By Lorne Welwood
Many young people cling to the acronym YOLO (you only live once). The truth is YODO… you only die once. Ideally, upon death, our wishes are carried out according to plan. But what if there was no plan in the first place?
The COVID-19 pandemic has forced young Canadians to confront an uncomfortable reality – we aren’t prepared to die. We have no plans in place in case of an untimely death. According to a 2018 study by the Angus Reid Institute, about 50 per cent of Canadians had done some form of estate planning prior to the pandemic. For ages 18 to 44 though, only 15 per cent of respondents had, saying they were ‘too young’ or ‘they didn’t have enough assets.’ These objections focus on a financial view of estate planning and fail to consider the many other components of a comprehensive plan.
There is no magical age when estate planning should commence. COVID-19 has proved that youth isn’t the shield we once imagined. Besides, accidents can happen, resulting in death or incapacity. Ask yourself: If a serious illness or catastrophe left me incapacitated, what would happen? Who would make health or financial decisions for me? Without a Power of Attorney and Representation Agreement in place, a court proceeding might be required.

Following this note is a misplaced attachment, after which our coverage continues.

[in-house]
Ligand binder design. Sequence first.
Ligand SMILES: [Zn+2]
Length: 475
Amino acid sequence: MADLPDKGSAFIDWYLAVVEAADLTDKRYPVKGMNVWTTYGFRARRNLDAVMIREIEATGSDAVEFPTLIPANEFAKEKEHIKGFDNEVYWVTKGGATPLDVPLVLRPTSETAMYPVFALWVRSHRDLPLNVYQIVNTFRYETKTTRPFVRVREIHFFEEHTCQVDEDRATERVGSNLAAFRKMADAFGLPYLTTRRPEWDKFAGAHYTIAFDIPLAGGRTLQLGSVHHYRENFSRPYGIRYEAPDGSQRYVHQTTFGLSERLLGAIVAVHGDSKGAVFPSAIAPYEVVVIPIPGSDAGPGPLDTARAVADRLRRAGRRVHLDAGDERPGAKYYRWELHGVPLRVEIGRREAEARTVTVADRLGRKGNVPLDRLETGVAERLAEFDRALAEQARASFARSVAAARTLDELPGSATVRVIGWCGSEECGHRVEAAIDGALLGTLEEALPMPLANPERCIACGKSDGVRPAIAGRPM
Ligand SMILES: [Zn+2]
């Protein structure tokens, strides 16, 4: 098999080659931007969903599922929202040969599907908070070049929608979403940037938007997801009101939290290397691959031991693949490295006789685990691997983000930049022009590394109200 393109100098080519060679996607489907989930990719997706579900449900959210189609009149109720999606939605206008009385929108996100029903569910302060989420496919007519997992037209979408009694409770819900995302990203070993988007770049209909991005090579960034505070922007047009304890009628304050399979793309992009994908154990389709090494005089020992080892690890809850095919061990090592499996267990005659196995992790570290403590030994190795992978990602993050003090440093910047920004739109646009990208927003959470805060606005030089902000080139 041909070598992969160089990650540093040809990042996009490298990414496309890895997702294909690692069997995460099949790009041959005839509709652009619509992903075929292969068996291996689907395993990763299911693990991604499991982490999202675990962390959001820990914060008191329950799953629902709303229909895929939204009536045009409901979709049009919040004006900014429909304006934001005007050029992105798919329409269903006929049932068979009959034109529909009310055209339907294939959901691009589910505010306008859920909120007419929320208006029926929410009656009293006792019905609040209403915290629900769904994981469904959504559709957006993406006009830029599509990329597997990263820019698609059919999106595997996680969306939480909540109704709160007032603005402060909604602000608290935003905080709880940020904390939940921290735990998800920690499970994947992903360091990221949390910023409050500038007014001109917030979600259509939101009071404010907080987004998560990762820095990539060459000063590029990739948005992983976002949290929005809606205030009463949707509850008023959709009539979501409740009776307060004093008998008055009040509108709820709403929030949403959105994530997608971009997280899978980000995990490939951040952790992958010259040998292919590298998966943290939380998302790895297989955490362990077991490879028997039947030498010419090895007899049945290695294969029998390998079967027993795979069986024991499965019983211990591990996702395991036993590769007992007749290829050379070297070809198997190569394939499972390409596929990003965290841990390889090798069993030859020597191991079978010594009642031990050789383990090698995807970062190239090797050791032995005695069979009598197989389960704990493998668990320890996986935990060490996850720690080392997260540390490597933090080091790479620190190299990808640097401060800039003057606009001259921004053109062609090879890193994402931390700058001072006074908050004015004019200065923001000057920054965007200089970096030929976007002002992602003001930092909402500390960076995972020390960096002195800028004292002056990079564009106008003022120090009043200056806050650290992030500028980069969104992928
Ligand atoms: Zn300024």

What about ‘lack of assets?’ When young people think of ‘estate planning’ they may picture a mansion filled to the brim with gold bars. In reality, there is no threshold a household must surpass to start planning; it can be done for any amount of assets. Drafting a will, designating beneficiaries, and naming a power of attorney are components of planning that can be done no matter how large or small the estate. These are especially important when children or other dependents enter the mix. A properly drafted will is important to ensure your assets transfer according to plan and minimizes complications.
All-in-all, estate planning isn’t the scary monster young adults think it is. Covid has sparked some sober realizations, acting as a catalyst to drastically improve estate planning. The 18-24 year-old demographic exhibited 100 per cent growth in planning efforts in 2021 versus five years prior. Discarding the idea that estate planning is only for the wealthy is key for young adults. While the benefits are intangible for now, proper planning can make a major impact at the end of our lives. YODO: make sure your plan is ready!
(adapted from a blog written by Sierra Nunno)